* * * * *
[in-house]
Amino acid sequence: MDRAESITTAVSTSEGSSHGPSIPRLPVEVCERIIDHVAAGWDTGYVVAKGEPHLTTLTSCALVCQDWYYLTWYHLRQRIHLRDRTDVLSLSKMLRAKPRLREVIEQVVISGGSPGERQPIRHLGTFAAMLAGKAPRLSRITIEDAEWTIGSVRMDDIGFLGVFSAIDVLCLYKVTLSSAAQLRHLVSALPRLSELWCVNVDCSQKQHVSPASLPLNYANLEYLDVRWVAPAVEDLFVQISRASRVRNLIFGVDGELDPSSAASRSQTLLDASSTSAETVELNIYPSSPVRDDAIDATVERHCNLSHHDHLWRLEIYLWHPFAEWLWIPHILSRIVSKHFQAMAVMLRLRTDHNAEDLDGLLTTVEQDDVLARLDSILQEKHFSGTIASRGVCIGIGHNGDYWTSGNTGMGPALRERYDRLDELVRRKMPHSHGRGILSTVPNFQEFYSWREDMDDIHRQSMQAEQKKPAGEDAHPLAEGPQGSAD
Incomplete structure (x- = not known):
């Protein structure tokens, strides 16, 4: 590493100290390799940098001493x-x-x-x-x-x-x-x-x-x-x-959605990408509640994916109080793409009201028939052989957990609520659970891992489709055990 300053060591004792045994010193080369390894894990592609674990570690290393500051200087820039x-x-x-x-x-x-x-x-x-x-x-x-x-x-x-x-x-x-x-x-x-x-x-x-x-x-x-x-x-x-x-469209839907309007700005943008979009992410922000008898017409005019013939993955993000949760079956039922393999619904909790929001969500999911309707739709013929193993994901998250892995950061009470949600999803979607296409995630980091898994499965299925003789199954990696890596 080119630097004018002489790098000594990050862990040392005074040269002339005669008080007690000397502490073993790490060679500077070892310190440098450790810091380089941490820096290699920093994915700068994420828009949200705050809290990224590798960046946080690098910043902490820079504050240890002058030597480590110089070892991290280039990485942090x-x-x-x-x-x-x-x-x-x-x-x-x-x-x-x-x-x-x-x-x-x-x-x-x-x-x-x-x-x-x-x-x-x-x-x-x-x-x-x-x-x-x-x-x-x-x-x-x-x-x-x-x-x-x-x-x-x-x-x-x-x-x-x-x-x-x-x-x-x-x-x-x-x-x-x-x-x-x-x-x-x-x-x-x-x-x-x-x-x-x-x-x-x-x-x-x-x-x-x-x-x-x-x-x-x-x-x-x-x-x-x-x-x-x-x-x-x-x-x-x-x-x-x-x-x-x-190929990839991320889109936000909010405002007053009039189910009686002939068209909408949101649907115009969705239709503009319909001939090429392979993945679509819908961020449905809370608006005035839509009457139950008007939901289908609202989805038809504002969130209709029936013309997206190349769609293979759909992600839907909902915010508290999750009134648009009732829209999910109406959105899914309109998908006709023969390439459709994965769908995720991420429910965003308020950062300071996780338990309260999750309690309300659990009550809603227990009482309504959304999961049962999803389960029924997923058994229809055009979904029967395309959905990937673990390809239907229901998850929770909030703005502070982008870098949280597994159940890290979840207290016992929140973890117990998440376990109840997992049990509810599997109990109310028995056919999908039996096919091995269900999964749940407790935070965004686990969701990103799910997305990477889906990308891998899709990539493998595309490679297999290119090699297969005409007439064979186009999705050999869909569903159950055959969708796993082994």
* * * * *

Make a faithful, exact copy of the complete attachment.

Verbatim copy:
[in-house]
Amino acid sequence: MDRAESITTAVSTSEGSSHGPSIPRLPVEVCERIIDHVAAGWDTGYVVAKGEPHLTTLTSCALVCQDWYYLTWYHLRQRIHLRDRTDVLSLSKMLRAKPRLREVIEQVVISGGSPGERQPIRHLGTFAAMLAGKAPRLSRITIEDAEWTIGSVRMDDIGFLGVFSAIDVLCLYKVTLSSAAQLRHLVSALPRLSELWCVNVDCSQKQHVSPASLPLNYANLEYLDVRWVAPAVEDLFVQISRASRVRNLIFGVDGELDPSSAASRSQTLLDASSTSAETVELNIYPSSPVRDDAIDATVERHCNLSHHDHLWRLEIYLWHPFAEWLWIPHILSRIVSKHFQAMAVMLRLRTDHNAEDLDGLLTTVEQDDVLARLDSILQEKHFSGTIASRGVCIGIGHNGDYWTSGNTGMGPALRERYDRLDELVRRKMPHSHGRGILSTVPNFQEFYSWREDMDDIHRQSMQAEQKKPAGEDAHPLAEGPQGSAD
Incomplete structure (x- = not known):
């Protein structure tokens, strides 16, 4: 590493100290390799940098001493x-x-x-x-x-x-x-x-x-x-x-959605990408509640994916109080793409009201028939052989957990609520659970891992489709055990 300053060591004792045994010193080369390894894990592609674990570690290393500051200087820039x-x-x-x-x-x-x-x-x-x-x-x-x-x-x-x-x-x-x-x-x-x-x-x-x-x-x-x-x-x-x-469209839907309007700005943008979009992410922000008898017409005019013939993955993000949760079956039922393999619904909790929001969500999911309707739709013929193993994901998250892995950061009470949600999803979607296409995630980091898994499965299925003789199954990696890596 080119630097004018002489790098000594990050862990040392005074040269002339005669008080007690000397502490073993790490060679500077070892310190440098450790810091380089941490820096290699920093994915700068994420828009949200705050809290990224590798960046946080690098910043902490820079504050240890002058030597480590110089070892991290280039990485942090x-x-x-x-x-x-x-x-x-x-x-x-x-x-x-x-x-x-x-x-x-x-x-x-x-x-x-x-x-x-x-x-x-x-x-x-x-x-x-x-x-x-x-x-x-x-x-x-x-x-x-x-x-x-x-x-x-x-x-x-x-x-x-x-x-x-x-x-x-x-x-x-x-x-x-x-x-x-x-x-x-x-x-x-x-x-x-x-x-x-x-x-x-x-x-x-x-x-x-x-x-x-x-x-x-x-x-x-x-x-x-x-x-x-x-x-x-x-x-x-x-x-x-x-x-x-x-190929990839991320889109936000909010405002007053009039189910009686002939068209909408949101649907115009969705239709503009319909001939090429392979993945679509819908961020449905809370608006005035839509009457139950008007939901289908609202989805038809504002969130209709029936013309997206190349769609293979759909992600839907909902915010508290999750009134648009009732829209999910109406959105899914309109998908006709023969390439459709994965769908995720991420429910965003308020950062300071996780338990309260999750309690309300659990009550809603227990009482309504959304999961049962999803389960029924997923058994229809055009979904029967395309959905990937673990390809239907229901998850929770909030703005502070982008870098949280597994159940890290979840207290016992929140973890117990998440376990109840997992049990509810599997109990109310028995056919999908039996096919091995269900999964749940407790935070965004686990969701990103799910997305990477889906990308891998899709990539493998595309490679297999290119090699297969005409007439064979186009999705050999869909569903159950055959969708796993082994």